These are like exit/entry points from the spine to the body. And in some cases, the discs which are like separators of the vertebra and act like cushioning shock absorbers, can be damaged or begin to narrow. If you imagine those nerves as highways that pass through bridge-like structures, what happens if the bridge brakes and falls on the road? The road becomes blocked and the traffic can not move along the road as easy.

When Spinal Nerve roots get compressed because the surrounding areas  begin narrowing and encroaching onto them, nerve signals become deranged and can cause referral symptoms into what they call “dermatome” areas. That’s just a fancy name for a map of areas on the body that relate to certain nerves in the body. One example of this pain is Sciatica.  Sciatica can sometimes be from the nerve becoming restricted from disc malfunction, or it can also be caused from nerves being “entrapped” from tight muscles, which brings us to the reason number 5.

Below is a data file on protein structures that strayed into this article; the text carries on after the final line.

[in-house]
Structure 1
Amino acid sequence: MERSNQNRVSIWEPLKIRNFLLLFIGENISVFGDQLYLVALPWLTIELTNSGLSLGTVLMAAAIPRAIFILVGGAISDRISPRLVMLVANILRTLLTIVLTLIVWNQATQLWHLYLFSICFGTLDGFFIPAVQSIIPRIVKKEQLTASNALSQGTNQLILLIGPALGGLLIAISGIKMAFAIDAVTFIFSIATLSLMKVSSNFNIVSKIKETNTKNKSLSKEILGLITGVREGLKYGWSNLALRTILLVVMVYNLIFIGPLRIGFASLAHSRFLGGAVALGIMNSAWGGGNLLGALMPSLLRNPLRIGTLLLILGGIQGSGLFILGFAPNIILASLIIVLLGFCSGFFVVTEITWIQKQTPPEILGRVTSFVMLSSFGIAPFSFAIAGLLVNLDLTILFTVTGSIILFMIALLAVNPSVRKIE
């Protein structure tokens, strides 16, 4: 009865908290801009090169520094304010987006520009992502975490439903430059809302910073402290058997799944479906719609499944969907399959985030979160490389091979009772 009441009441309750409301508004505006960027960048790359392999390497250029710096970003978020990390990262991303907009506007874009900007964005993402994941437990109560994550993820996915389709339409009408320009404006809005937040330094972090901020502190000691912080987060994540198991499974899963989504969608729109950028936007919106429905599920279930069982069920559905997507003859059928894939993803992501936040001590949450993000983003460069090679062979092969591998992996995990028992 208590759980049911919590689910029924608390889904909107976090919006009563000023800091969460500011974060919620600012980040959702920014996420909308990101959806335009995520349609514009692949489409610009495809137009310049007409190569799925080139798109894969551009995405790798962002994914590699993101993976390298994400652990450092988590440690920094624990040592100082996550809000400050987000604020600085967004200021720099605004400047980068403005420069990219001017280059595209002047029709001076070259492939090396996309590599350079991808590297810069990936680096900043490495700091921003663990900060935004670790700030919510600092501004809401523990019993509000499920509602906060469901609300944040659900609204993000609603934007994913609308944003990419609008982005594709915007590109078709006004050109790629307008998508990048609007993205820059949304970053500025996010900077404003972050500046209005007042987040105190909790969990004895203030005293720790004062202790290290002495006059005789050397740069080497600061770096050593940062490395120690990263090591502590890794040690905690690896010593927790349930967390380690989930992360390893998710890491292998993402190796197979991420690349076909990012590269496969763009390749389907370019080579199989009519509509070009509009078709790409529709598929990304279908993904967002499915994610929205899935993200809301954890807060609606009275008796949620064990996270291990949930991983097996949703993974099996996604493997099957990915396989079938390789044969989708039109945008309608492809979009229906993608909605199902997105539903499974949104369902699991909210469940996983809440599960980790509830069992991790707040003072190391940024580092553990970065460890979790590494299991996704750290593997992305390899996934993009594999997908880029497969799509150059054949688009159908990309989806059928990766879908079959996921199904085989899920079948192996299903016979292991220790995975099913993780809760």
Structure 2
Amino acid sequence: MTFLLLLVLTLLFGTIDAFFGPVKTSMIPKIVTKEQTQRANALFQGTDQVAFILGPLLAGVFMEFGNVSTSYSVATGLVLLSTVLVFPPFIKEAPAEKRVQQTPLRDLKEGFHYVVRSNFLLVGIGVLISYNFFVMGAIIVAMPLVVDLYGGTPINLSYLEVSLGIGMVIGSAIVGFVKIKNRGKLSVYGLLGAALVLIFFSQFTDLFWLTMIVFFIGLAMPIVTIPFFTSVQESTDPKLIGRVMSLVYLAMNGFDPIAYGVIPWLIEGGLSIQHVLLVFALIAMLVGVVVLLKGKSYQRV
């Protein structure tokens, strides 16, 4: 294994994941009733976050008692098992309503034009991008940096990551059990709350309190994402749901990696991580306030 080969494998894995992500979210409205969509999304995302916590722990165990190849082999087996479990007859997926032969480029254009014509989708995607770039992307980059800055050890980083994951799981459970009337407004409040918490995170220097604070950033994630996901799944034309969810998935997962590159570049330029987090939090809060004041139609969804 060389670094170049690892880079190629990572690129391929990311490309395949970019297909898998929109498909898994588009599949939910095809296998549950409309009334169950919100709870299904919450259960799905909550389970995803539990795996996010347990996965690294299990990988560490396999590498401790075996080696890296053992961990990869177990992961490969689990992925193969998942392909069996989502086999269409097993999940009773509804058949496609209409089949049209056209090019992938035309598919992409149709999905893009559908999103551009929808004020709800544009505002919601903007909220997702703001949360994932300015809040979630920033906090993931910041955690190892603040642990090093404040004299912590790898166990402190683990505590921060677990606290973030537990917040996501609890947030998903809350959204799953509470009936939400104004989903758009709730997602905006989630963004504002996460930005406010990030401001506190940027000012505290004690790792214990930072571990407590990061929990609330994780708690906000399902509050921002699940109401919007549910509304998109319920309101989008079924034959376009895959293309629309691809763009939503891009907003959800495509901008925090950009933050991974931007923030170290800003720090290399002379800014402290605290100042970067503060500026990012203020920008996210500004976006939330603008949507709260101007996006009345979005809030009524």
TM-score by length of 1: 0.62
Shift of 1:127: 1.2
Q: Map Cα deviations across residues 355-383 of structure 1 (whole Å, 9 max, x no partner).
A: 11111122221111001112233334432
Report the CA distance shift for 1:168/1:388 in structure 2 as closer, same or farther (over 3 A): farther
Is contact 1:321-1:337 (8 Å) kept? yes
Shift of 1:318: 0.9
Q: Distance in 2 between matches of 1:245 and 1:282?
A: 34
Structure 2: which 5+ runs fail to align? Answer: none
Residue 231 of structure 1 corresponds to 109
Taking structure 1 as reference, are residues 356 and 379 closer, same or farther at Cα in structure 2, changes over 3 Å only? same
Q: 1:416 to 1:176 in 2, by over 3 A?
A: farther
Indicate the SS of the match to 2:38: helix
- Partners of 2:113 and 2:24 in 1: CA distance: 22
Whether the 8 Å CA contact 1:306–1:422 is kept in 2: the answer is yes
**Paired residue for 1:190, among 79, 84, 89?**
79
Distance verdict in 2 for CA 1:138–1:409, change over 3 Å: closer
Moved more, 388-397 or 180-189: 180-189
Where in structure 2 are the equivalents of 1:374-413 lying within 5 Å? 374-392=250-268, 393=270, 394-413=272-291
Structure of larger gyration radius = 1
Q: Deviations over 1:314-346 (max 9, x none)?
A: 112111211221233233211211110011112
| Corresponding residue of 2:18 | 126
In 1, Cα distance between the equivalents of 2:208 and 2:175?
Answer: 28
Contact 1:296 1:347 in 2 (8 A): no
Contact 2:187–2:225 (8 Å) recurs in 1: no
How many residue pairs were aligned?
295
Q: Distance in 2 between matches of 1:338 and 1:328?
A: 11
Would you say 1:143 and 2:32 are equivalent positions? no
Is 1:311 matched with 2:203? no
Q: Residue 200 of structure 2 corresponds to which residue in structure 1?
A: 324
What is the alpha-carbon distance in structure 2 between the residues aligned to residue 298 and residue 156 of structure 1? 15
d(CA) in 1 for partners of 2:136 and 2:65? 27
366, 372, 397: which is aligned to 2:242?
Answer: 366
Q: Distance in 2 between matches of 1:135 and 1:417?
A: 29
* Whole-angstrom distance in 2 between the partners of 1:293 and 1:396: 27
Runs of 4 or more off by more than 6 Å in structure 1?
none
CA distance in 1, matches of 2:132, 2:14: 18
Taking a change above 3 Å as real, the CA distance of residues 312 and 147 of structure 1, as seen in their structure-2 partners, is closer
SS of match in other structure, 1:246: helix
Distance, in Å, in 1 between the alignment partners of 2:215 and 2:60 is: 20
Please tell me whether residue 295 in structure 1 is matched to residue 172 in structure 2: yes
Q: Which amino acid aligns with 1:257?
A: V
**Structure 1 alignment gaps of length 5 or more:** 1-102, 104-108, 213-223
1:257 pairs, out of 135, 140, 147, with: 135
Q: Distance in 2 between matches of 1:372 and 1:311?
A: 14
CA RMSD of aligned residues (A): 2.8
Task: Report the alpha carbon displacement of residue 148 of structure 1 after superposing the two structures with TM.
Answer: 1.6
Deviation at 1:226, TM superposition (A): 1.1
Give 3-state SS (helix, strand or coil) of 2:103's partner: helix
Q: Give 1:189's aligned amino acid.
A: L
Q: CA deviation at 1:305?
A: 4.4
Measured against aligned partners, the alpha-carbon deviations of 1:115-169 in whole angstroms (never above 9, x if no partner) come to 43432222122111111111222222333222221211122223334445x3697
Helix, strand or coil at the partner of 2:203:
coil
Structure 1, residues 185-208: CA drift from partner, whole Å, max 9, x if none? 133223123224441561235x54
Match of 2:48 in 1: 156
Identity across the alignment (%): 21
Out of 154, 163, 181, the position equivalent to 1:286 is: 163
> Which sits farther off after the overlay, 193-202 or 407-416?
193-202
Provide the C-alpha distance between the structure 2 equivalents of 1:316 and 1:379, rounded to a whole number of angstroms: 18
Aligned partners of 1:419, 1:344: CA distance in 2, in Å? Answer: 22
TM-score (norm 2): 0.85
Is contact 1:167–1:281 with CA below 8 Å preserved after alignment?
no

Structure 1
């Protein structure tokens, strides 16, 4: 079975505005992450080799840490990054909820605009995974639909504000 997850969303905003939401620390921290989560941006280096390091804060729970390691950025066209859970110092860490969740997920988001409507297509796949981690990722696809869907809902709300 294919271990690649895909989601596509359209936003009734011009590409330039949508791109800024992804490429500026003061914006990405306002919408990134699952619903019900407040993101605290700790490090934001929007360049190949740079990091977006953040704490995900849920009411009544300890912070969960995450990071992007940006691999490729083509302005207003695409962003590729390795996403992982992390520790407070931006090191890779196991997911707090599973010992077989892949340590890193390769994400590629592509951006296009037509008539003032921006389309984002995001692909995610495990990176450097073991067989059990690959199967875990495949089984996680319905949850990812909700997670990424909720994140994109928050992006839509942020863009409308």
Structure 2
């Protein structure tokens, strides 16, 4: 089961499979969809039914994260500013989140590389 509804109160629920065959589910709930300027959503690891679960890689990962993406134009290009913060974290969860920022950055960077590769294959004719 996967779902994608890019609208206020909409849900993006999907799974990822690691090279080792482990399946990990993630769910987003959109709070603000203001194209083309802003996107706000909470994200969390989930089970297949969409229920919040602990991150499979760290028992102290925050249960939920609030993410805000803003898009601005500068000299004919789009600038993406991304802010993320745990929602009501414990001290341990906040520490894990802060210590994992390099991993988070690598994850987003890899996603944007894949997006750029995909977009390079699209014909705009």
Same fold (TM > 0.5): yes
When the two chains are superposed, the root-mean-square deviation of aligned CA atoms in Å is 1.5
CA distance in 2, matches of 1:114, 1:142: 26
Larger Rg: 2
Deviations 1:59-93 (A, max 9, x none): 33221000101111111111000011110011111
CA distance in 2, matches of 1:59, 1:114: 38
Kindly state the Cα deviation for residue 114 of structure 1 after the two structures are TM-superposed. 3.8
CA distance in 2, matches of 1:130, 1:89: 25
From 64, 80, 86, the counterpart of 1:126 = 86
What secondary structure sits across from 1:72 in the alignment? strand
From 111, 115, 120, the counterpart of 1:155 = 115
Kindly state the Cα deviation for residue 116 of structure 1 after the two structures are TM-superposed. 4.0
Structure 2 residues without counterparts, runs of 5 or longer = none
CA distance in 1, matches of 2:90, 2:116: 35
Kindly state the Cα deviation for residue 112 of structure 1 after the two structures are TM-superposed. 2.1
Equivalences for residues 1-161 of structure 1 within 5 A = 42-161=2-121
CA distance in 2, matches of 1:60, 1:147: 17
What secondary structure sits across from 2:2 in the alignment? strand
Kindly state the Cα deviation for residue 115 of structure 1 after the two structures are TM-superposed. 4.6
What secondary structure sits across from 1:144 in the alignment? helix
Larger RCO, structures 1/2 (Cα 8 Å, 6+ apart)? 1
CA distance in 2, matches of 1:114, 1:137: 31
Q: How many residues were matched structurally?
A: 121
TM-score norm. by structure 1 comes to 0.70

Emotional Stress, Tension and Anxiety

In Chinese Medicine theory, an Acupuncturist sees a lot of stress related dysfunction in the clinic. In our framework, stress is related to the liver. Stress tends to tighten up muscles, in particular it presents commonly in the upper back and neck areas, sometimes leading to headaches (read more on that here).

When muscles are tight, they put more pressure on joints, inhibit movement in opposing muscle groups and also create circulation issues. And like we said earlier, lack of circulation can lead to pain.

The musculoskeletal system has hundreds of muscles (how many here) in the body and they all have various origins and insertion points on the body. And when they get stuck or overly tense, they can sometimes get locked into tense holding patterns that may refer particular patterns of pain.


Combined Physiological and Psychosomatic Phenomena

Even when there are real physiological problems that might relate to poor blood flow, injury, overuse and other theories relates to Chinese Medicine such as Blockage of Qi, the psychosomatic system can be involved. The way I think about this, is that according to meditative practices such as Vipassana, we have the judgment, or reactive part of the brain that is constantly evaluating what is happening in the body. On a very basic level, it is basically feeling and then judging, saying “this is bad” or “this is good”.